As the gaming console wars rage on for yet another generation, NVIDIA is sitting on the sidelines as Sony and Microsoft take shots at each other.
Microsoft is being universally derided by both gamers and the media over its decision to allow restrictions over used games, as well as for its online requirement, where the new Xbox One has to check in to the company's servers daily. When Sony announced this week that the PlayStation 4 was sticking to the traditional model of used games and offline gaming, it received massive cheers. That response bolstered Sony's confidence, and the Japanese company has now boosted its sales forecasts for the upcoming console.
NVIDIA is not participating in gaming consoles this generation. It powered the graphics in the PlayStation 3, but the company said it decided to pass on the PlayStation 4 because Sony wasn't offering enough money. Rival Advanced Micro Devices is powering both the Xbox One and PlayStation 4 as a result.
However, NVIDIA isn't too concerned with missing out on this generation. In fact, NVIDIA exec Toni Temasi is "glad" that the new consoles are about to launch, since it will "raise the bar" with gaming. The exec takes the opportunity to point out that NVIDIA's GeForce GTX Titan offers 2.5 times the performance of the PlayStation 4. The next generation of consoles could help spur demand for gaming PCs, even though the new consoles will actually close the performance gap with NVIDIA's graphics cards (the previous generation GTX 680 had 13.2 times the performance of the PS3).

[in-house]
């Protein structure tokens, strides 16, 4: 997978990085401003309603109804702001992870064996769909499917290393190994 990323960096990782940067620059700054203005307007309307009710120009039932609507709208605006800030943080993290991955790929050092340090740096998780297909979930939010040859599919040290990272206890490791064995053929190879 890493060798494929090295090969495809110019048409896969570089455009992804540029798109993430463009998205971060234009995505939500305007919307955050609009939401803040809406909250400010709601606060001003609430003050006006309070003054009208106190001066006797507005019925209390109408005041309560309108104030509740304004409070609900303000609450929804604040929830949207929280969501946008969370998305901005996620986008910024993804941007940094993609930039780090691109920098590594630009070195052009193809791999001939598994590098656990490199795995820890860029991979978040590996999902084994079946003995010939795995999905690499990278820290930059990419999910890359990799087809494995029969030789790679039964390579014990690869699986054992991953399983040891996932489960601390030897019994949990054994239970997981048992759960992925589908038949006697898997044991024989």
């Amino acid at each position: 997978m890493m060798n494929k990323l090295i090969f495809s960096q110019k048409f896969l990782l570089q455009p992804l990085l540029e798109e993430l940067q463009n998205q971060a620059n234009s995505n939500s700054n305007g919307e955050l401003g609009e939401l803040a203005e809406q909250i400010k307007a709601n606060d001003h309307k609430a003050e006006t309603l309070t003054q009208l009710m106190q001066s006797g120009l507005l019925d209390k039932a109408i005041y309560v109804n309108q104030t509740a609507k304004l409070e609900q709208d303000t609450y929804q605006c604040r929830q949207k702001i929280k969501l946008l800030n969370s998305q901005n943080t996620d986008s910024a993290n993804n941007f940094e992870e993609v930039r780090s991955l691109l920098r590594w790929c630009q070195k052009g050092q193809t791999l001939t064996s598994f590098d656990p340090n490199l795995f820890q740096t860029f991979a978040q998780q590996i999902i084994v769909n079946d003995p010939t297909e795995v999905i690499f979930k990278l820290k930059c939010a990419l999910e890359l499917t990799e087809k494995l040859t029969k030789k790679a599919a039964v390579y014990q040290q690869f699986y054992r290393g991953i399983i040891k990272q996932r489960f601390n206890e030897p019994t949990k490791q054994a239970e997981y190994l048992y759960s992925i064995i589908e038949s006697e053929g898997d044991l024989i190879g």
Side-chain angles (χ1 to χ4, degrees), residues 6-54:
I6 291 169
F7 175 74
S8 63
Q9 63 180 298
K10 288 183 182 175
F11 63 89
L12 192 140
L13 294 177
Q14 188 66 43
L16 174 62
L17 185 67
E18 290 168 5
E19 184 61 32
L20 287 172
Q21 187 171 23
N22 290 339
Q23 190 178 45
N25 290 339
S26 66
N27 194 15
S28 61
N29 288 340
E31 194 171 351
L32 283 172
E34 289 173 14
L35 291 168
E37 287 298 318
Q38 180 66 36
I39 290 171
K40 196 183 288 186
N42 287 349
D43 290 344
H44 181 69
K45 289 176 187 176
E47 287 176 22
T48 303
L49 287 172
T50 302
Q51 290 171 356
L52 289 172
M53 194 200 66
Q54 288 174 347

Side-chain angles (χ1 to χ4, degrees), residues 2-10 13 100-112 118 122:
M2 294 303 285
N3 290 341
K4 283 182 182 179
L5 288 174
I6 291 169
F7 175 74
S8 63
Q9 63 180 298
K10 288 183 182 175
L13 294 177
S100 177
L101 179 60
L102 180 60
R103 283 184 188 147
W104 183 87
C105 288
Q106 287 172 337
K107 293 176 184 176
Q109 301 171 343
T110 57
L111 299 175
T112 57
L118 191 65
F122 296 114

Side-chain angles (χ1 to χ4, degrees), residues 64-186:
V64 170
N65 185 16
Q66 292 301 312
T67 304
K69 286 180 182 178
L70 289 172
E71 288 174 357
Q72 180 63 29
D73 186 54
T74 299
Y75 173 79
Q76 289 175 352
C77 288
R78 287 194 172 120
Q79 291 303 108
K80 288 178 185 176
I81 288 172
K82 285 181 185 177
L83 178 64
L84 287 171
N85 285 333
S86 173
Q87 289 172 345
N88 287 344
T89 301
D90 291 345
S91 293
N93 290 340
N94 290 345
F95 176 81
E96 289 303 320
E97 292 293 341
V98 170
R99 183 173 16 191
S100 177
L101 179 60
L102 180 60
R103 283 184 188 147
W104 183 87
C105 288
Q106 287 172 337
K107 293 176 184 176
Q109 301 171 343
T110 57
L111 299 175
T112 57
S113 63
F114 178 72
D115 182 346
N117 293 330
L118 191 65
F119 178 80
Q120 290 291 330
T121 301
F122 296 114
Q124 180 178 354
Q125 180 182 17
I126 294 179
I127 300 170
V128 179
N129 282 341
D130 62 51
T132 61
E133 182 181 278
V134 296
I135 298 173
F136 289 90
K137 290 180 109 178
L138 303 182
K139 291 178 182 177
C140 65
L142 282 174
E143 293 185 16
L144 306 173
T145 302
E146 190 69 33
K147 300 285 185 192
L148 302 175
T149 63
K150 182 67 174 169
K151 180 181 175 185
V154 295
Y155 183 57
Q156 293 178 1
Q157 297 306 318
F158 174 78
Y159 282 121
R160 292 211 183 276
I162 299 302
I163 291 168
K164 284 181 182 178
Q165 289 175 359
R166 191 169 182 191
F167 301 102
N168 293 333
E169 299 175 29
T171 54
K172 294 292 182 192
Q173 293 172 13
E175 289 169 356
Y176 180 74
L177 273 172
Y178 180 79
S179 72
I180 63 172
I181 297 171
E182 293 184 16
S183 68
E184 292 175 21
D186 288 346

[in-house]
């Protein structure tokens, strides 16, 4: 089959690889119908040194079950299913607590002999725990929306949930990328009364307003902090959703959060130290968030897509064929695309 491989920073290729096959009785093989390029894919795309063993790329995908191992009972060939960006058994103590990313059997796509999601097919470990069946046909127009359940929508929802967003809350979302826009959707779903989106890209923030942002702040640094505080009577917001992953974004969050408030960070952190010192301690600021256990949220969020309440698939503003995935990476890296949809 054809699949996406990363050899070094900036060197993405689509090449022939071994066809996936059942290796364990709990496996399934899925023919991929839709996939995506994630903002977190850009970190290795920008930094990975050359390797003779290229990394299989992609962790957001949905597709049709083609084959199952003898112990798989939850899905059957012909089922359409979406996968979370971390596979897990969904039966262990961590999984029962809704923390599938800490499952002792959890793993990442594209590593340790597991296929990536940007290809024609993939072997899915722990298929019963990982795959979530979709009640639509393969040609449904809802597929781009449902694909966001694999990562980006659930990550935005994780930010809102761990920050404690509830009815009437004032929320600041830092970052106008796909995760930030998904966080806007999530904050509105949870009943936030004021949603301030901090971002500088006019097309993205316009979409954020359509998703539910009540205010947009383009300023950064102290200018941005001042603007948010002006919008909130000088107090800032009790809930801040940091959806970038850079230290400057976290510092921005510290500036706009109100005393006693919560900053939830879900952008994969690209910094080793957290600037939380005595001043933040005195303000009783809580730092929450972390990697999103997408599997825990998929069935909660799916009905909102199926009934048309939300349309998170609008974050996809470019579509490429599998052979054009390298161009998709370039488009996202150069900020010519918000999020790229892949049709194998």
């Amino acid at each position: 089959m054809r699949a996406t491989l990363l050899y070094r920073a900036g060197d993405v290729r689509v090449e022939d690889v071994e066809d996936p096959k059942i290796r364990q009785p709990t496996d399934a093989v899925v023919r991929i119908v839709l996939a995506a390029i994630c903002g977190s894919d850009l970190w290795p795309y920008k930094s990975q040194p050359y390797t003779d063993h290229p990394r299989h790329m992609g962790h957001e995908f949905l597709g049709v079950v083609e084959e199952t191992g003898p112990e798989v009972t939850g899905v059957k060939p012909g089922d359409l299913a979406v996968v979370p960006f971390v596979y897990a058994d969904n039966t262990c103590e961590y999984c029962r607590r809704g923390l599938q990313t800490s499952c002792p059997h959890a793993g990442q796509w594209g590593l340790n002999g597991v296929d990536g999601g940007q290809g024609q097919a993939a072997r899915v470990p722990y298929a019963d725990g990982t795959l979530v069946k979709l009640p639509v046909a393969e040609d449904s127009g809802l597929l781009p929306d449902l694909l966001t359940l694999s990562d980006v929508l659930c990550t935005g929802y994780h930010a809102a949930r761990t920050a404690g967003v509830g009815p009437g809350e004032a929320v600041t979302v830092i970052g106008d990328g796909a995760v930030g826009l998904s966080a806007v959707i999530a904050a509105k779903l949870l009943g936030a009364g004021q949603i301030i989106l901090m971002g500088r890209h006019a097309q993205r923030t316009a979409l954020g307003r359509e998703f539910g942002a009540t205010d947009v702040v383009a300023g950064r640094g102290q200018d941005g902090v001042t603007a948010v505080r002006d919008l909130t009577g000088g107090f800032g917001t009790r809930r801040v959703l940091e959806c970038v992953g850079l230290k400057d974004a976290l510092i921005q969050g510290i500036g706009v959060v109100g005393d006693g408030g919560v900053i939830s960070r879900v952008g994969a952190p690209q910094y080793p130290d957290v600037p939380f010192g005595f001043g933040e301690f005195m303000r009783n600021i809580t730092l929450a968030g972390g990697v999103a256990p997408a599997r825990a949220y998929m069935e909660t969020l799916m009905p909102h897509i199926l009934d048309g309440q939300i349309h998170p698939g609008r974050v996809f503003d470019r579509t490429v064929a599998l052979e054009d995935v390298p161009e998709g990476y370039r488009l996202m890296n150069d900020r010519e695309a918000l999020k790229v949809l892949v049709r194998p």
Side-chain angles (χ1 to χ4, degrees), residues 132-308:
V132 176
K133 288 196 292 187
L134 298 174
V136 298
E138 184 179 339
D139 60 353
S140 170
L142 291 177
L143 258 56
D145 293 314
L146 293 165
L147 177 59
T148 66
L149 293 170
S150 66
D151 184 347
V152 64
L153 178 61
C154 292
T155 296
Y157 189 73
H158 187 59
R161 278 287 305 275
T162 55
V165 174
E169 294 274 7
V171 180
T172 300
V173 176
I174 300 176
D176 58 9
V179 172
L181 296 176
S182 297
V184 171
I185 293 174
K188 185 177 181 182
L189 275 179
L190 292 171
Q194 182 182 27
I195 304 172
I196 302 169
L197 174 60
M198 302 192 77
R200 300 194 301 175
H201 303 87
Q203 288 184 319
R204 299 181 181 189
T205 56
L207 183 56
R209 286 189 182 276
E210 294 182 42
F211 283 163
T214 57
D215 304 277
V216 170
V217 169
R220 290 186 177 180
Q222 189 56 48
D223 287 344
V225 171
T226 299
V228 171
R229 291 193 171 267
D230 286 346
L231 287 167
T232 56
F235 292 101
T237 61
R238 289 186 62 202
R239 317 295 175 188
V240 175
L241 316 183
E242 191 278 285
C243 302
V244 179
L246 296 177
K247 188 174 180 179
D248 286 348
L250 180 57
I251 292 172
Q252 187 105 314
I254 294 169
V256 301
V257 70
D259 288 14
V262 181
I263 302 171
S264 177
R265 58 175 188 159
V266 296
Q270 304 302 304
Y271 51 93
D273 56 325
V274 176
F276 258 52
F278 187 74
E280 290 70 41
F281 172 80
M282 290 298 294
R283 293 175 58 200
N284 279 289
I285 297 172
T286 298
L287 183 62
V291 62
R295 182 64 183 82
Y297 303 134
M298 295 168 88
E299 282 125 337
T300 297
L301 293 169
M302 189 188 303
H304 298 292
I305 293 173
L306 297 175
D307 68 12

The key will be developers. Since the performance gap is smaller, it will be easier for developers to scale up their content from console games to PCs. Developers will have an incentive to broaden their reach with less developmental effort than in previous generations. That may increase the amount of gaming content available for PCs.
As paradoxical as it sounds, passing on next-gen consoles may still help NVIDIA yet.
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The article NVIDIA Smiles From the Sidelines of the Console Wars originally appeared on Fool.com.
Fool contributor Evan Niu, CFA, has no position in any stocks mentioned. The Motley Fool recommends NVIDIA. The Motley Fool owns shares of Microsoft. Try any of our Foolish newsletter services free for 30 days. We Fools may not all hold the same opinions, but we all believe that considering a diverse range of insights makes us better investors. The Motley Fool has a disclosure policy.
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